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Demand- or supply-driven?

08/26/2011 @ 2:49pm

Over the last ten years as the world has changed, so has demand. Increased migration of 50,000,000 to 100,000,000 people a year from third world status to middle class is helping to provide for an undercurrent of demand that the world has never seen.

So while demand is the backdrop of higher commodity prices, it's really the supply picture that has changed the fortunes for the corn market over the last 60 to 90 days.

Let's look at some of the variables. What you'll see is that many of the demand factors with corn are relatively unchanged over the last two to three months. However, what has changed is the projected crop.

Expectations for yield near 164 bushels per acre early in the season have now dwindled to somewhere probably close to 152 bushels. Using those figures and simplifying harvested acres down to 80,000,000 is a reduction of 960,000,000 bushels.

For practicality purposes we'll round and say the crop is 1 billion bushels less than maybe what it could have been. With a current carryout of 700 million bushels, that 1 billion bushels could have brought the carryout to 1.5 or 1.8 billion. This would very likely have corn futures trading sub-par at the $5.00 level.

End user buying would be less than aggressive anticipating a big harvest. Speculative interest would probably be uneventful, waiting for better signs of a bottom this fall.

When breaking down Supply and Demand reports in the USDA, we will compare this year's demand to last year's. The total figure for demand, or that is corn use, is 13.160 billion bushels, as compared to last year's figure at this same time at 13.245 billion.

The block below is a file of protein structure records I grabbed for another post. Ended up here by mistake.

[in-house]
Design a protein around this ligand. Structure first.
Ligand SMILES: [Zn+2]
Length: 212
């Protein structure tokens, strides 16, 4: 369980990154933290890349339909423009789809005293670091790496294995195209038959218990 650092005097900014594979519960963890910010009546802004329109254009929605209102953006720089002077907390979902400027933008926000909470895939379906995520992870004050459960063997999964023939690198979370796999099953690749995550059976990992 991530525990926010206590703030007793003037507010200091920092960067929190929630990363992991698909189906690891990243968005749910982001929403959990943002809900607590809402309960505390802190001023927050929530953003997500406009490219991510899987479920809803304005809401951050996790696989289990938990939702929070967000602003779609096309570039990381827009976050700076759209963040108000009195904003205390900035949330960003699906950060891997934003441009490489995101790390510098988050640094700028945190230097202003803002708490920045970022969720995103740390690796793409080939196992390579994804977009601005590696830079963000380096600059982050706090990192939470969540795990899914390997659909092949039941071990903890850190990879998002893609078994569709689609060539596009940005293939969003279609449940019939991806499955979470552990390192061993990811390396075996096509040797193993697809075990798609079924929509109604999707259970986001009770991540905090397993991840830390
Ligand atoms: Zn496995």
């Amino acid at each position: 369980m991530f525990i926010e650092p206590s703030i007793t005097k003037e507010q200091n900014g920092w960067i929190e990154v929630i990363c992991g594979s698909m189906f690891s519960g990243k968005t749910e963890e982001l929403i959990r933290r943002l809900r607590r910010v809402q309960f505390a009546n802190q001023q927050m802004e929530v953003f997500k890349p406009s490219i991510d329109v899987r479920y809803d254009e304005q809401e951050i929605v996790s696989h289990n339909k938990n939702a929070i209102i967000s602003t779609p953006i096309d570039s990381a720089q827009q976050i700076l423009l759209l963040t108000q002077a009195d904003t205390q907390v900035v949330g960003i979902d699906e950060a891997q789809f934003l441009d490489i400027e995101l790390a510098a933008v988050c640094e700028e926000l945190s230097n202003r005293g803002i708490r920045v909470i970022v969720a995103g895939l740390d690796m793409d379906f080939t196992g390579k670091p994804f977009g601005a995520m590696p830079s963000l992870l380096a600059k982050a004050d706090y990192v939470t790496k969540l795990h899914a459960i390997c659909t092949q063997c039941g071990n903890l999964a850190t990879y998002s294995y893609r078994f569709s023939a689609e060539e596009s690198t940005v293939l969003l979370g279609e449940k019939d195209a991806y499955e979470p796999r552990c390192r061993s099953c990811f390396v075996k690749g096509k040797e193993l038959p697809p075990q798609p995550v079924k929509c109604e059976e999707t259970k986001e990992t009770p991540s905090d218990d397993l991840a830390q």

Feed usage is down 100 million bushels at 4.9 billion, while ethanol is slightly higher at 5.1 billion versus 5.020 billion a year ago. Food, seed and industrial uses are mostly unchanged. Exports are now estimated at 1.750 billion bushels compared to 1.825 billion last year.

As you can see, total usage is down and suggests that prices should not move higher based on demand alone. Yet, it's the supply that counts, and with expectations that this crop could yet shrink, the market continues to trend upward.

Recent history would then suggest that the market finds plenty of demand at lower levels. This will keep prices from diminishing much in the year ahead as end users recognize that tight inventory could mean limited downside for price. For now, however, if a rally in corn were to continue, it would likely come on the heels of expectations for an even smaller crop.


If you have questions or comments please contact Bryan Doherty at 1-800-TOP-FARM ext. 129.

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